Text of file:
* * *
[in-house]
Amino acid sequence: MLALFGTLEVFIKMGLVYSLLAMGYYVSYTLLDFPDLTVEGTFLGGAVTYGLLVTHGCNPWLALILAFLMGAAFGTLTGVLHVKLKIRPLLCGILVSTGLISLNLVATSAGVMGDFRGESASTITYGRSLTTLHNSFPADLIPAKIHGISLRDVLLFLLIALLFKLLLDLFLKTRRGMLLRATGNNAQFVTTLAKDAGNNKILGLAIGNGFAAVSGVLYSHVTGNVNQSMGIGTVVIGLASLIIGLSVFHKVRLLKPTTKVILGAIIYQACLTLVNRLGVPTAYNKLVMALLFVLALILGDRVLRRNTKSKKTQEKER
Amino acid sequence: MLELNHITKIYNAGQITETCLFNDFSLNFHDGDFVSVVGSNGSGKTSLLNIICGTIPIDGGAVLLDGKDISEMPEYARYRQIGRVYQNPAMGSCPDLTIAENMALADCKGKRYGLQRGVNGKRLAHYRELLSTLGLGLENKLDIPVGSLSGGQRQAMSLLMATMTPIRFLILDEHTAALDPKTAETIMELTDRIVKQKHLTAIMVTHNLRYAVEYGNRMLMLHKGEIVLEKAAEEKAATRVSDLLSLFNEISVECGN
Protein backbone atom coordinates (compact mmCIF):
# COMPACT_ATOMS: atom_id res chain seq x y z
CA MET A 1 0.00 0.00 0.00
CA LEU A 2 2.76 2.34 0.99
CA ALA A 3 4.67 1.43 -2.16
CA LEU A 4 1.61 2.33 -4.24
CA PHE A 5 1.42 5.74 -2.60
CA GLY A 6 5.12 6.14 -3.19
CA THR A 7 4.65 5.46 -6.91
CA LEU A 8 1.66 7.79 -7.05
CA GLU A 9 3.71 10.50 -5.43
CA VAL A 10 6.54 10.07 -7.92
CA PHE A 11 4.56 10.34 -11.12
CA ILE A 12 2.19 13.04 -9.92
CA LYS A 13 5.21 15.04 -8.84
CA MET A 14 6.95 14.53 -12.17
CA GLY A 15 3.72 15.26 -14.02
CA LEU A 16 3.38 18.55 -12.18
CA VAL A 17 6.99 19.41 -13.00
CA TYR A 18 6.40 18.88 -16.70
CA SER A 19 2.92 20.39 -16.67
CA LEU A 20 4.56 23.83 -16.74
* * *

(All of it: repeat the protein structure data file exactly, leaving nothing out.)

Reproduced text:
[in-house]
Amino acid sequence: MLALFGTLEVFIKMGLVYSLLAMGYYVSYTLLDFPDLTVEGTFLGGAVTYGLLVTHGCNPWLALILAFLMGAAFGTLTGVLHVKLKIRPLLCGILVSTGLISLNLVATSAGVMGDFRGESASTITYGRSLTTLHNSFPADLIPAKIHGISLRDVLLFLLIALLFKLLLDLFLKTRRGMLLRATGNNAQFVTTLAKDAGNNKILGLAIGNGFAAVSGVLYSHVTGNVNQSMGIGTVVIGLASLIIGLSVFHKVRLLKPTTKVILGAIIYQACLTLVNRLGVPTAYNKLVMALLFVLALILGDRVLRRNTKSKKTQEKER
Amino acid sequence: MLELNHITKIYNAGQITETCLFNDFSLNFHDGDFVSVVGSNGSGKTSLLNIICGTIPIDGGAVLLDGKDISEMPEYARYRQIGRVYQNPAMGSCPDLTIAENMALADCKGKRYGLQRGVNGKRLAHYRELLSTLGLGLENKLDIPVGSLSGGQRQAMSLLMATMTPIRFLILDEHTAALDPKTAETIMELTDRIVKQKHLTAIMVTHNLRYAVEYGNRMLMLHKGEIVLEKAAEEKAATRVSDLLSLFNEISVECGN
Protein backbone atom coordinates (compact mmCIF):
# COMPACT_ATOMS: atom_id res chain seq x y z
CA MET A 1 0.00 0.00 0.00
CA LEU A 2 2.76 2.34 0.99
CA ALA A 3 4.67 1.43 -2.16
CA LEU A 4 1.61 2.33 -4.24
CA PHE A 5 1.42 5.74 -2.60
CA GLY A 6 5.12 6.14 -3.19
CA THR A 7 4.65 5.46 -6.91
CA LEU A 8 1.66 7.79 -7.05
CA GLU A 9 3.71 10.50 -5.43
CA VAL A 10 6.54 10.07 -7.92
CA PHE A 11 4.56 10.34 -11.12
CA ILE A 12 2.19 13.04 -9.92
CA LYS A 13 5.21 15.04 -8.84
CA MET A 14 6.95 14.53 -12.17
CA GLY A 15 3.72 15.26 -14.02
CA LEU A 16 3.38 18.55 -12.18
CA VAL A 17 6.99 19.41 -13.00
CA TYR A 18 6.40 18.88 -16.70
CA SER A 19 2.92 20.39 -16.67
CA LEU A 20 4.56 23.83 -16.74